Businesses Not Interested in Absorbing Costs for Healthcare Reform
Nearly nine-of-10 human resources and benefits executives at several hundred midsized and larger companies say their bottom line won't absorb any additional costs that may result from healthcare reform, according to a new survey.
The poll of 433 executives, conducted by Stamford, CT-based financial and risk managers Towers Perrin, found that employers are prepared to reduce benefits, raise prices for customers, and even reduce their workforces if the healthcare reforms that emerge from Congress increase the cost of providing employee coverage.
"With employer healthcare costs rising more than 150% over the last decade, it's no surprise that 90% of employers list cost containment as the most important healthcare reform goal," says Dave Guilmette, managing director of the Towers Perrin Health and Welfare practice. "Many large employers, however, feel that current reform proposals are focused on other healthcare issues—such as expanding coverage and reforming certain insurance practices—and they feel they have already addressed these issues within their own workforces.
"The way employers would respond to reform proposals that raise or lower their costs is one of our most telling findings—one that could conceivably impact economic recovery," Guilmette says. "With companies struggling to manage rapidly escalating healthcare costs and reclaim profits, only 11% of companies would agree to absorb increased healthcare costs by reducing their profits. The overwhelming majority of companies would respond to higher costs by reducing the benefits their employees receive."
The survey also found that 80% of the companies were closely monitoring the healthcare debate in Congress, 23% of them are rethinking benefit changes in light of possible reforms, and nearly 90% plan to reexamine their health benefit strategies for active employees in response to the passage of healthcare reform legislation. And while talent management considerations, such as productivity, workforce health, and recruiting and retention, remain important even in a tough economy, cost issues will dominate employers' decision making in a post-reform world, the survey found.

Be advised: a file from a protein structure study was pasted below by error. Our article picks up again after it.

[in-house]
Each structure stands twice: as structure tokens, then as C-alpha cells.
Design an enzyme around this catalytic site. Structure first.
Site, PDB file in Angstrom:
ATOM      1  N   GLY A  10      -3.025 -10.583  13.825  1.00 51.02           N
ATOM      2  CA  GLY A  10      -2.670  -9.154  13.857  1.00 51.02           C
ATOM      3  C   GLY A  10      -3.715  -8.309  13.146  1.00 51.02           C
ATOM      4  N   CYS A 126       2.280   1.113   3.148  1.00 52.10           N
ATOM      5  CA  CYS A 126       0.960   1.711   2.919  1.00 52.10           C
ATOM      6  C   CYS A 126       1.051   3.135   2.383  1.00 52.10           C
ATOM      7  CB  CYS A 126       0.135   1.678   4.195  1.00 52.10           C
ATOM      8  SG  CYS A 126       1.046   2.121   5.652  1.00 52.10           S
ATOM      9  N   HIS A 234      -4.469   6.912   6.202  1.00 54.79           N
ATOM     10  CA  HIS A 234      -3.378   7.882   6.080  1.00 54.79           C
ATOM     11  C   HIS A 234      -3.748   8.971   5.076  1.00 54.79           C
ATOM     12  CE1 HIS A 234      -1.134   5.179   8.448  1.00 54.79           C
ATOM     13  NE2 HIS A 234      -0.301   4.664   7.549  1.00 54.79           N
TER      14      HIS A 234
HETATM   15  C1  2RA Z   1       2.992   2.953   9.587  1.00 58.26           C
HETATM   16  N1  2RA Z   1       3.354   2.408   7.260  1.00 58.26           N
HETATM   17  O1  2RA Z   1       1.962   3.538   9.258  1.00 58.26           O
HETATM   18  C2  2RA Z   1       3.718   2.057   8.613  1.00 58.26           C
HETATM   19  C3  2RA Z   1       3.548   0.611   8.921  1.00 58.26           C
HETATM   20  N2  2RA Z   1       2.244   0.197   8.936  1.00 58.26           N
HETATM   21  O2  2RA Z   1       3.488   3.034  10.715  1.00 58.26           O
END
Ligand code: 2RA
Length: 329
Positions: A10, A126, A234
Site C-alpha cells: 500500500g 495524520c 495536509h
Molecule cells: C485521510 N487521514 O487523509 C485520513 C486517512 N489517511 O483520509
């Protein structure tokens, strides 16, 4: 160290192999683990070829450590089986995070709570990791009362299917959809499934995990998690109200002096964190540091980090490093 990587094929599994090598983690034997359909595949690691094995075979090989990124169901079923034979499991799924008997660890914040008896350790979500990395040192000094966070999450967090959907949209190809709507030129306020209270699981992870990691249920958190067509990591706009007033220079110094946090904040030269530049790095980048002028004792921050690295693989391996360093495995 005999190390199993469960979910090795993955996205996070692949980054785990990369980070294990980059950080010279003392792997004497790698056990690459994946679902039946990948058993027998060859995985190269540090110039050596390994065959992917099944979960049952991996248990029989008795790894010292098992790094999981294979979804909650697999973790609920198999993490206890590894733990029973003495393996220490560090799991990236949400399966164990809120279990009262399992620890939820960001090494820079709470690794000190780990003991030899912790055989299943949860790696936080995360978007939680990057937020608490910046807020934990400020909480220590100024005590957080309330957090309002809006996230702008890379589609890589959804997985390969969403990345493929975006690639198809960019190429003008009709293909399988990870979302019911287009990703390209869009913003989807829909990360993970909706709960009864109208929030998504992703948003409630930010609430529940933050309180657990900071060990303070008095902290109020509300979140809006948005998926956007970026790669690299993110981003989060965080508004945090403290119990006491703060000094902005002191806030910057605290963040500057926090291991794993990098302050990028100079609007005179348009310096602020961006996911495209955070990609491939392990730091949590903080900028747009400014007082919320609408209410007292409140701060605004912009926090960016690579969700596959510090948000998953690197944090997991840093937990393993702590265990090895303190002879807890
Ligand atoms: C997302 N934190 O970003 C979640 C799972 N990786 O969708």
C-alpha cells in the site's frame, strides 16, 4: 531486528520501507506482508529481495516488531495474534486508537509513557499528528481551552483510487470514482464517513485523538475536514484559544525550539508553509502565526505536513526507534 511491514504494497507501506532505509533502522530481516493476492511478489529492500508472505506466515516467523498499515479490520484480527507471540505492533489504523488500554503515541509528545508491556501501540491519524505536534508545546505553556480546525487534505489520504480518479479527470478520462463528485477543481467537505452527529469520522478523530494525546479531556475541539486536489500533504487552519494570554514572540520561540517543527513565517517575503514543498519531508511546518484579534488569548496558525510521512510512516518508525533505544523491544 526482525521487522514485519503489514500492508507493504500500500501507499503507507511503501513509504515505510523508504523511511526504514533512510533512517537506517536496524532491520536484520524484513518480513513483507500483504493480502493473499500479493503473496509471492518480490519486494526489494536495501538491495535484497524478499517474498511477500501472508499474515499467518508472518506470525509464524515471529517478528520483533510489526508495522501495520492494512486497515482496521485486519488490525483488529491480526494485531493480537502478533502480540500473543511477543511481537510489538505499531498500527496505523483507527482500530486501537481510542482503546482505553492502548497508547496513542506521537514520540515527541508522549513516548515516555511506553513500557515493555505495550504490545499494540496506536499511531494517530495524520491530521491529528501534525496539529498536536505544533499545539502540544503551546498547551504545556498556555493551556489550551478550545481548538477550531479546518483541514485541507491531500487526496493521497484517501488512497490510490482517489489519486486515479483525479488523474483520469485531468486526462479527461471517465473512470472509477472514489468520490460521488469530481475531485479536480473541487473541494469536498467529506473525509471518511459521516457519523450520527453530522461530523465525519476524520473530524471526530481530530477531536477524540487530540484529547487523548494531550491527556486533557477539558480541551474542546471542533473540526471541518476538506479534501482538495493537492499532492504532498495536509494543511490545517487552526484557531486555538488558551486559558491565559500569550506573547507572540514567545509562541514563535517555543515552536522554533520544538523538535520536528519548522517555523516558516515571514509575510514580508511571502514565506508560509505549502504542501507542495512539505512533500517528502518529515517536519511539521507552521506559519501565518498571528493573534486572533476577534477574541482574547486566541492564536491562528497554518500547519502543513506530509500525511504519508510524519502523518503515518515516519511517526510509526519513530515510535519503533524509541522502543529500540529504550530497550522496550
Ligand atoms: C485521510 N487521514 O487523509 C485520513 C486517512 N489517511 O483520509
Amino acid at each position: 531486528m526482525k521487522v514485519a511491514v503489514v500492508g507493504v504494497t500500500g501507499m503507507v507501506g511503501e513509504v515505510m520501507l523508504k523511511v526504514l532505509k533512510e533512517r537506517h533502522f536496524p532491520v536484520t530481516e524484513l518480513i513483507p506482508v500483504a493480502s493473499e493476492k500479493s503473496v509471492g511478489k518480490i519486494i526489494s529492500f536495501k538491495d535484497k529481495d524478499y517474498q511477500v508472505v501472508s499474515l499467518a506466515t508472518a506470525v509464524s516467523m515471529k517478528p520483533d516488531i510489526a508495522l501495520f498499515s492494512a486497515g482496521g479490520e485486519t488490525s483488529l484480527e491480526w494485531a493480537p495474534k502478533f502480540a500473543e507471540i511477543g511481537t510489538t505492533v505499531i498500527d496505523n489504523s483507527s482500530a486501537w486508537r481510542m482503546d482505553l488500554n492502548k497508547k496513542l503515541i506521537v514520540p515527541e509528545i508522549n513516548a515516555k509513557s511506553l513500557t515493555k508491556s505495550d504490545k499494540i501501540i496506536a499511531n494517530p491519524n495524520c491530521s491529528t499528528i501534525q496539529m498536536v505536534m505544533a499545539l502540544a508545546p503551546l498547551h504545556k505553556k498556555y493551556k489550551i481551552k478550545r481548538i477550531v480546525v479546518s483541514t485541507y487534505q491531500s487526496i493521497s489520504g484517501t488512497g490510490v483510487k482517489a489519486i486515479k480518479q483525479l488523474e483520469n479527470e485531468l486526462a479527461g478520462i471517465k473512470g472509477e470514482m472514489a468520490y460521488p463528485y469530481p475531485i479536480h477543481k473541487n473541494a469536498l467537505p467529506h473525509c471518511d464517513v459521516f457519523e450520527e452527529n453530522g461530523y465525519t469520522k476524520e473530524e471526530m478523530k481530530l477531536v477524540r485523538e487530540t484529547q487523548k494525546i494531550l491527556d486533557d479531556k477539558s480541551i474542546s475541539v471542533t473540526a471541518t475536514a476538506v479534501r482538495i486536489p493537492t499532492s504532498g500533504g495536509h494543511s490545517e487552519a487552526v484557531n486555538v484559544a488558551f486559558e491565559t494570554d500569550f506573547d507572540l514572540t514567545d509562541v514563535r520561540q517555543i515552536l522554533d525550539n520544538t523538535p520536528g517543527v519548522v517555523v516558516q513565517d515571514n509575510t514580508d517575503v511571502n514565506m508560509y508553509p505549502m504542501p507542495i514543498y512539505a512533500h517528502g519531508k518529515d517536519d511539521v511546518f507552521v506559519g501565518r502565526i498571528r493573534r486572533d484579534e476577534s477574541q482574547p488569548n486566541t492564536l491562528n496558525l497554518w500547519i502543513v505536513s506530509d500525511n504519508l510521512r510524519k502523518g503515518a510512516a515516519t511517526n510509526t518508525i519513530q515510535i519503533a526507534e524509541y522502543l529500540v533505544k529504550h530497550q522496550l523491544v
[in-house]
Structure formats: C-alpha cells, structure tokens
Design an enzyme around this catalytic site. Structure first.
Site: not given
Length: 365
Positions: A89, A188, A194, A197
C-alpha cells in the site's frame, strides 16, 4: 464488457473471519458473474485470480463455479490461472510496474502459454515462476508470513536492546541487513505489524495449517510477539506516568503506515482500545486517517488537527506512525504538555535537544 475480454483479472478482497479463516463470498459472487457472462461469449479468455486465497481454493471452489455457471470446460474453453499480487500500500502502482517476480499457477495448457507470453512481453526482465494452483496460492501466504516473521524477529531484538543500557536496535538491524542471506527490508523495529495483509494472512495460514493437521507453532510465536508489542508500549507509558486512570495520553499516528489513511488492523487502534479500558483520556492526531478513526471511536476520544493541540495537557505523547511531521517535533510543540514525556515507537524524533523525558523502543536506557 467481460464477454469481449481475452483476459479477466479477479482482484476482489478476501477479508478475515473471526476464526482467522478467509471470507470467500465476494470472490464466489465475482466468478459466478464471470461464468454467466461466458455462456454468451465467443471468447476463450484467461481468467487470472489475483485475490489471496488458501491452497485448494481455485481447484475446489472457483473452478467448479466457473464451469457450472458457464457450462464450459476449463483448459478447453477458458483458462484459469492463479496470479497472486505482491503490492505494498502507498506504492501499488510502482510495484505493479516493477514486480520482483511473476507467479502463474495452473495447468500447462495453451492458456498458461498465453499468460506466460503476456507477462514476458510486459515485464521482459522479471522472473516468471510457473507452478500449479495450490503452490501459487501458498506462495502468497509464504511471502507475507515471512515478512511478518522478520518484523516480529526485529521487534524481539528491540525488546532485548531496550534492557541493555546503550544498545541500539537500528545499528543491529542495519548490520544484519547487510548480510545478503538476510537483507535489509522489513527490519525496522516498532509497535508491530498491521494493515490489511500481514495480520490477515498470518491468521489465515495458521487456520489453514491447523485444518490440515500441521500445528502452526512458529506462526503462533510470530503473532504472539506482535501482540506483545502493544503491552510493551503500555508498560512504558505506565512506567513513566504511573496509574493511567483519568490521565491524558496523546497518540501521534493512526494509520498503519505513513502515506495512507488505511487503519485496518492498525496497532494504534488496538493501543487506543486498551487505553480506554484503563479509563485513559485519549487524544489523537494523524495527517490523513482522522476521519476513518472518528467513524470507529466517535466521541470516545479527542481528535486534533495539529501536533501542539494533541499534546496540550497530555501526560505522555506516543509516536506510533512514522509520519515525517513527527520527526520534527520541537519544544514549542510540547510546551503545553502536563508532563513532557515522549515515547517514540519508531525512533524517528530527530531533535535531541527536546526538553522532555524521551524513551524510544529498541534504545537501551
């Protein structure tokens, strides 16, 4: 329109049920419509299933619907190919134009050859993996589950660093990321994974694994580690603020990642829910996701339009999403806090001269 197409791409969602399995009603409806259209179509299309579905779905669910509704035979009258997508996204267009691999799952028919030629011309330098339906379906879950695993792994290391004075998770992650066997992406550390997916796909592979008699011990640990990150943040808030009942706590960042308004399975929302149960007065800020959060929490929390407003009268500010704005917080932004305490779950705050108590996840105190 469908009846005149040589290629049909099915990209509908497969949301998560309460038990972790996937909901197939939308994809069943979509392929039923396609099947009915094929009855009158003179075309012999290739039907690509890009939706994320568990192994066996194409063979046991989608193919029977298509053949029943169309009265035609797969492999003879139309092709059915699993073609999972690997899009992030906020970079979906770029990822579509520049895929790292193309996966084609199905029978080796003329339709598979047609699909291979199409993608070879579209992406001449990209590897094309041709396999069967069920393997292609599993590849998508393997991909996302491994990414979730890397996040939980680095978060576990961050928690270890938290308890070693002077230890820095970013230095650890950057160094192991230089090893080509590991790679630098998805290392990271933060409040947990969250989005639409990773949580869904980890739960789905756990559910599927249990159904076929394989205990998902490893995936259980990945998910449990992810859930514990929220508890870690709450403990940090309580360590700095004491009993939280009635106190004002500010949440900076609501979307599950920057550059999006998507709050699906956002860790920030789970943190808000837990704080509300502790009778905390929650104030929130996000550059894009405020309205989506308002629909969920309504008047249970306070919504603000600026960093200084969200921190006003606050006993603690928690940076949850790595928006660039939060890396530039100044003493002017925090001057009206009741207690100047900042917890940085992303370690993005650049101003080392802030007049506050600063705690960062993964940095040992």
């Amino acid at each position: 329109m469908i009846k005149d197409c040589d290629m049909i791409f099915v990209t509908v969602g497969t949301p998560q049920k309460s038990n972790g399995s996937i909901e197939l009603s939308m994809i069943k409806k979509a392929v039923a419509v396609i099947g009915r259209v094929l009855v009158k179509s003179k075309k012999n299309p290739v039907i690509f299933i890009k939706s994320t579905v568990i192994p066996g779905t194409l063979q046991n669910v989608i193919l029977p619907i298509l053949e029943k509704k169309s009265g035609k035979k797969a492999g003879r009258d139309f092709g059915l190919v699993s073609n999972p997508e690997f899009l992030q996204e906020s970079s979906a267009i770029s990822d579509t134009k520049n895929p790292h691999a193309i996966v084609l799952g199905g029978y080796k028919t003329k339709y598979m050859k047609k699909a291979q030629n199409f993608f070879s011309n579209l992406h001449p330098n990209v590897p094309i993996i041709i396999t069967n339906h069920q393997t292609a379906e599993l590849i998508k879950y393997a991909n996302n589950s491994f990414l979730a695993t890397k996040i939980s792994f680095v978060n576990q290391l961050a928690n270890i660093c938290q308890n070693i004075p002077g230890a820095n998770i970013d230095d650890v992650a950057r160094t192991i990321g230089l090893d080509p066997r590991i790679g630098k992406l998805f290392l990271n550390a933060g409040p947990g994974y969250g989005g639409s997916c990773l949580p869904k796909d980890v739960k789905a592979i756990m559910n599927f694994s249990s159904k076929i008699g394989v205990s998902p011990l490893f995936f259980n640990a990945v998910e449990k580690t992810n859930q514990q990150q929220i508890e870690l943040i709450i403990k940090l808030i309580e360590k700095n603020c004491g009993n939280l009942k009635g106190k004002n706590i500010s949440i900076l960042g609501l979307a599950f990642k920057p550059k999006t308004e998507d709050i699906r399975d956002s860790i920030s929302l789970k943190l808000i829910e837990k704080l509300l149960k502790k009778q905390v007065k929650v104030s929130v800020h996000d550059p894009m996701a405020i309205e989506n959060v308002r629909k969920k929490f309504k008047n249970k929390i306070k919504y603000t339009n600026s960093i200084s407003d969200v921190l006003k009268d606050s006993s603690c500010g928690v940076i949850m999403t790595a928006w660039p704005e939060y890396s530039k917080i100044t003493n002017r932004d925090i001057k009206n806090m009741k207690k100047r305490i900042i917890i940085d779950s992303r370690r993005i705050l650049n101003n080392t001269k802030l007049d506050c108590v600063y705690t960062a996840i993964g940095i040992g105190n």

Employers say they are skeptical that the reforms now under consideration will address fundamental drivers of healthcare costs. For example, 65% of employers believe the reforms will have little or no impact on unhealthy consumer behaviors that promote obesity and other chronic health issues.
However, 53% of employers believe that research on comparative effectiveness will have a positive impact on their business, and 44% believe that it will be good for business to reform the health insurance market to ensure guaranteed access to coverage regardless of health status. Nearly half of survey respondents believe that an employer "pay or play" mandate would negatively impact business.
Despite the sharp focus on costs, the survey respondents expressed strong positive views on the importance of workforce health to business success, the role of health benefits in the rewards portfolio, and the opportunities benefit programs provide in influencing workforce health. Notably, 61% say they would stand by their commitments to employee wellness and health promotion programs even if they no longer offered medical benefits.
"For many companies and in certain industries, health benefits are viewed as critical to the total rewards package," says Ron Fontanetta, Towers Perrin principal. "These programs provide important levers in managing talent and supporting other key business objectives."
- As Medicare Advantage Cuts Loom, Disagreement Over Program's Stability
- Doctors Feel Pressure to Accept Risk-based Reimbursement
- Surgical Checklists Unused in 10% of Hospitals, CMS Data Shows
- Centralizing the Revenue Cycle Protects the Bottom Line
- CA Fines 8 Hospitals for Medical Errors
- A Fresh Look at End-of-Life Care
- 3 in 4 Patients Want E-mail Consultations
- Heart Attack Patient Costs Skyrocket Beyond 30 Days
- ACGME Chief Sees 'Huge' Risk of Error in Proposed Assistant Physician Licensure
- 3 Insider Tips on Cutting Costs without Strangling Growth